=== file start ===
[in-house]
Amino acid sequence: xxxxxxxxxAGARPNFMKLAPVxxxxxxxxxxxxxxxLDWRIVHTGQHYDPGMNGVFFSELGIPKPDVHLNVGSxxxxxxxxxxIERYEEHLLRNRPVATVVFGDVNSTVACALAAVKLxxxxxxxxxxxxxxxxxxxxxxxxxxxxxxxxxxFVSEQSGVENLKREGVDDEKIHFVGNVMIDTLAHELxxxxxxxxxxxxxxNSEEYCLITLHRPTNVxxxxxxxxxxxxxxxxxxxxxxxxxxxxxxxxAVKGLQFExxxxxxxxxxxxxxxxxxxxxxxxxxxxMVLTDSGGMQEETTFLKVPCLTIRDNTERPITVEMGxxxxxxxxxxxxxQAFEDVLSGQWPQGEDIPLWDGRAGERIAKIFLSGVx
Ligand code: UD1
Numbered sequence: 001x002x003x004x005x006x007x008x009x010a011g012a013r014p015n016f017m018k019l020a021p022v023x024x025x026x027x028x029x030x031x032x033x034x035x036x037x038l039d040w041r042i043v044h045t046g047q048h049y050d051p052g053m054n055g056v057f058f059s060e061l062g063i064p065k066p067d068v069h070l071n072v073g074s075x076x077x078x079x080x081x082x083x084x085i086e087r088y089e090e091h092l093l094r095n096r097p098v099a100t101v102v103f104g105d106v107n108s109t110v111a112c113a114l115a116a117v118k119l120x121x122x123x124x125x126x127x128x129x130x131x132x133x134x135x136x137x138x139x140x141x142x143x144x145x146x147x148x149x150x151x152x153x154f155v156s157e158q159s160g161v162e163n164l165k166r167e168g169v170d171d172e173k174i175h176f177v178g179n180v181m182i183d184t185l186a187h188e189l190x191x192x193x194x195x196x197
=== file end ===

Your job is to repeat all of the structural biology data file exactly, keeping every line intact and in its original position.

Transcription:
[in-house]
Amino acid sequence: xxxxxxxxxAGARPNFMKLAPVxxxxxxxxxxxxxxxLDWRIVHTGQHYDPGMNGVFFSELGIPKPDVHLNVGSxxxxxxxxxxIERYEEHLLRNRPVATVVFGDVNSTVACALAAVKLxxxxxxxxxxxxxxxxxxxxxxxxxxxxxxxxxxFVSEQSGVENLKREGVDDEKIHFVGNVMIDTLAHELxxxxxxxxxxxxxxNSEEYCLITLHRPTNVxxxxxxxxxxxxxxxxxxxxxxxxxxxxxxxxAVKGLQFExxxxxxxxxxxxxxxxxxxxxxxxxxxxMVLTDSGGMQEETTFLKVPCLTIRDNTERPITVEMGxxxxxxxxxxxxxQAFEDVLSGQWPQGEDIPLWDGRAGERIAKIFLSGVx
Ligand code: UD1
Numbered sequence: 001x002x003x004x005x006x007x008x009x010a011g012a013r014p015n016f017m018k019l020a021p022v023x024x025x026x027x028x029x030x031x032x033x034x035x036x037x038l039d040w041r042i043v044h045t046g047q048h049y050d051p052g053m054n055g056v057f058f059s060e061l062g063i064p065k066p067d068v069h070l071n072v073g074s075x076x077x078x079x080x081x082x083x084x085i086e087r088y089e090e091h092l093l094r095n096r097p098v099a100t101v102v103f104g105d106v107n108s109t110v111a112c113a114l115a116a117v118k119l120x121x122x123x124x125x126x127x128x129x130x131x132x133x134x135x136x137x138x139x140x141x142x143x144x145x146x147x148x149x150x151x152x153x154f155v156s157e158q159s160g161v162e163n164l165k166r167e168g169v170d171d172e173k174i175h176f177v178g179n180v181m182i183d184t185l186a187h188e189l190x191x192x193x194x195x196x197